The artists whose works filled this space and others included Egon Schiele, an Austrian painter and protege of Klimt. Schiele’s drawing style involved maintaining eye contact with his subject, so that each piece is a loose and figurative showcase of the intimacy he held with the sitter. Another of the movement’s foremost artists was Koloman Moser, whose works spanned graphic works to ceramics, blown glass and silverware.
Alongside Olbrich, Josef Hoffman stands out as one of the foremost architects of the Vienna Secessionist movement. He co-established the design workshop, Wiener Werkstatte, and was the architect behind the Palais Stoclet in Brussels.
Noteworthy works and buildings from the Vienna Secession
Designed in 1903 for a Belgian banker, Hoffman’s Palais Stoclet is one of the most remarkable buildings of the period and a pioneering work of contemporary architecture. From the outside, its grey facade can seem a little underwhelming. Step inside, though, and you see a completely different story. The Palais’ interiors are replete with marble, gilt and South American hardwood, to name a few of the extravagant materials the Wiener Werkstatte used to amplify its grandeur.
In terms of paintings, Klimt created what is perhaps a symbol of the Vienna Secession in Nuda Veritas (1899). It features a nude young woman facing away from the viewer, alongside a line from a poem by Friedrich Schiller: “If you cannot please everyone with your actions and your art, you should satisfy a few. To please many is dangerous.” This nonchalant rejection of the status quo and desire to push for change is a widely accepted viewpoint among the artists of the movement.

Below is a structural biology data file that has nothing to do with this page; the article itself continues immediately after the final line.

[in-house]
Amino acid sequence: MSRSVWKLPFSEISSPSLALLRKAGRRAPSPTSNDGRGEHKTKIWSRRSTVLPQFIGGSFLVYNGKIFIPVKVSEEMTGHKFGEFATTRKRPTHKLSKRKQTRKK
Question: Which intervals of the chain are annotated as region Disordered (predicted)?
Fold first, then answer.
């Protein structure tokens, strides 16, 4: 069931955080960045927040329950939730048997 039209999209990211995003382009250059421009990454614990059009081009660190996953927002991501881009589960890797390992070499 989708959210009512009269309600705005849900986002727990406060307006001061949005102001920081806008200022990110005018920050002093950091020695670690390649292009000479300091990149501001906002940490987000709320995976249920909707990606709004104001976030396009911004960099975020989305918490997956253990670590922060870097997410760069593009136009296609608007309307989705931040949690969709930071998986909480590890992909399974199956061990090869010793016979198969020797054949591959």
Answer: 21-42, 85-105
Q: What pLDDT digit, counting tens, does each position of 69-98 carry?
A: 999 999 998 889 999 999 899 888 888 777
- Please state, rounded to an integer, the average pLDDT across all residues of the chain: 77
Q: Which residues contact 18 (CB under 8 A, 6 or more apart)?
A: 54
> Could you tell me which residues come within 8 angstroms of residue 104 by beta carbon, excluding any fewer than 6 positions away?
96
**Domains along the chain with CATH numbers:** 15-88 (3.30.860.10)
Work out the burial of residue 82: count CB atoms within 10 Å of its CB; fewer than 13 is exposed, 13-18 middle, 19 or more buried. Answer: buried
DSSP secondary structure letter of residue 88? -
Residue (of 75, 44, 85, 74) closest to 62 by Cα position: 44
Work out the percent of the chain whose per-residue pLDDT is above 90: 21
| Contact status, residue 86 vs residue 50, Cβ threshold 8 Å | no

Glass also played a significant role in the Vienna Secession. Johann Loetz Witwe’s series of iridescent vases in bold, striking tones and Leopold Forstner’s stained glass work at the St. Charles Borromeo Cemetery Church are striking examples of the movement’s notable works.
How did this period influence Kaia lighting designs?
We mentioned at the beginning of the post that Kaia designer Peter Straka was heavily influenced by this movement when conceptualising the designs of our lighting sculptures. He looked towards the sense of dynamism and movement that’s associated with Art Nouveau and the Viennese Jugendstil that came before the Vienna Secession.
Take for example ORA, a constellation-like lighting sculpture formed of an interchangeable solid brass network holding in place eight mouth-blown glass spheres. This sculptural lighting piece captures the essence of the movement in its focus on bringing together natural and geometric elements. RIO, too, embodies infinite possibility in its ability to manipulate the seemingly intangible quality of light into physical, sculptural form.
Using the raw, natural properties of modern materials and forming them into unusual forms is central to Peter Straka’s designs at Kaia. Whiplash lines, unexpected angles and intriguing asymmetry aligns each of his designs with the late 19th century movement which inspired them. The result is a masterful blend of art, technology and craftsmanship – all combined under a clear vision of what is essential.